Small Business Jobs Act Offers Tax Incentives
In addition to expanding lending to small businesses, the Small Business Jobs Act ("SBJA"), effective September 27, 2010, also includes several tax provisions which aim to encourage investment, promote entrepreneurship and provide small business relief. The following is a brief summary of some of the most significant tax provisions included in the SBJA:
Increased and Expanded Section 179 Expensing. Under SBJA, qualifying businesses can now expense up to $500,000 of section 179 property for tax years beginning in 2010 and 2011. Without SBJA, the expensing limit for section 179 property would have been $250,000 for 2010 and $25,000 for 2011. The SBJA also increases the section 179 investment ceiling to $2,000,000 (up from $800,000 in 2010). This means that a taxpayer can spend up to $2,000,000 on Section 179 property for years starting in 2010 and 2011 before triggering a reduction to the $500,000 expense limitation. Additionally, SBJA expands the definition of Section 179 property to include certain real property, including: certain leasehold improvements, restaurant property and retail improvement property and allows businesses to claim $250,000 of Section 179 expense on it.
Bonus Depreciation Extended. The SBJA also extends the 50% first-year special depreciation allowance provision (i.e., “bonus depreciation”) that had expired at the end of 2009 through December 31, 2010. Bonus depreciation on property with a recovery period of 10 or more years (e.g., certain long-lived assets and transportation property) is extended through 2011. The 50% first-year special depreciation allowance provides an additional means by which businesses can accelerate a deduction by expensing (a portion of) the cost of property that would otherwise be spread out over a number of years.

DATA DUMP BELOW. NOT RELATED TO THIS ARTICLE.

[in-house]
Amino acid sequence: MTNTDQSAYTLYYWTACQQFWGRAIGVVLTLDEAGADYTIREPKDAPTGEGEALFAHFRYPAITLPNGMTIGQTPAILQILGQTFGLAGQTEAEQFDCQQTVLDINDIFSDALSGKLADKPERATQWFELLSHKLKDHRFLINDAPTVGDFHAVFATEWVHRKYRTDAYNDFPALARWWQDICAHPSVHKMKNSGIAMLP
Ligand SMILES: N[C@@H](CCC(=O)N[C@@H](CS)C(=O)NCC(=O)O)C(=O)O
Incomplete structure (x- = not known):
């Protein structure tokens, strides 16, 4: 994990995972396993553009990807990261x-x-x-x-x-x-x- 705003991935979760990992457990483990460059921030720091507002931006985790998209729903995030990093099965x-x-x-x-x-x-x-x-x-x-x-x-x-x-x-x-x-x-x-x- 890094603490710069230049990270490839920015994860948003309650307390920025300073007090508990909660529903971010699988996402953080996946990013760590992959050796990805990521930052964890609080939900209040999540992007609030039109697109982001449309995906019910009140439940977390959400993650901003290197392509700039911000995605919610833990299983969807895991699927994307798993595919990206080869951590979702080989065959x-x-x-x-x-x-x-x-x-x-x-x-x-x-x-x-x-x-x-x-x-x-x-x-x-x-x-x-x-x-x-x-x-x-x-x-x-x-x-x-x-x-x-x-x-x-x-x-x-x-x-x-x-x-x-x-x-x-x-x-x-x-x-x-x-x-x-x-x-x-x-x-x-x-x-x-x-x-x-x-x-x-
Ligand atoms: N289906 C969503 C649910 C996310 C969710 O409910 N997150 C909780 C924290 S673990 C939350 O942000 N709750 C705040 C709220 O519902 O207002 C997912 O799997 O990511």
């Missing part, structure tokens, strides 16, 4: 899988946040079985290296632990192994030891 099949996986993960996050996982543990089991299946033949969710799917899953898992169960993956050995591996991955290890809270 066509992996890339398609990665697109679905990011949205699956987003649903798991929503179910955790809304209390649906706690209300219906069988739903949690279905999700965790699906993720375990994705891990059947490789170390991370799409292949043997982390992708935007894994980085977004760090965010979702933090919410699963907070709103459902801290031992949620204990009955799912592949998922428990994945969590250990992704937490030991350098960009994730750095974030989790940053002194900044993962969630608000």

Increased Deduction for Start-Up Expenditures. In addition, the SBJA doubles the amount of start-up expenditures that may be deducted in the year incurred from $5,000 under current law, to $10,000 for tax years beginning in 2010. Additionally, the investment ceiling is increased from $50,000 to $60,000.
Five-year carryback for general business credits. Prior to the enactment of SJBA, a business's unused general business credits could be carried back to offset taxes paid in the previous year only, and the remaining amount could be carried forward for 20 years to offset future tax liabilities. Under SJBA, for the first tax year of the taxpayer beginning in 2010, eligible small businesses can carry back unused general business credits for five years instead of just one. Eligible small businesses are sole proprietorships, partnerships and non-publicly traded corporations with $50 million or less in average annual gross receipts for the prior three years.
- Use of general business credits to offset AMT for 2010. Under the Alternative Minimum Tax (AMT), taxpayers can generally only claim allowable general business credits against their regular tax liability, and only to the extent that their regular tax liability exceeds their AMT liability. The SBJA allows eligible small businesses to use all types of general business credits to offset their AMT in tax years beginning in 2010.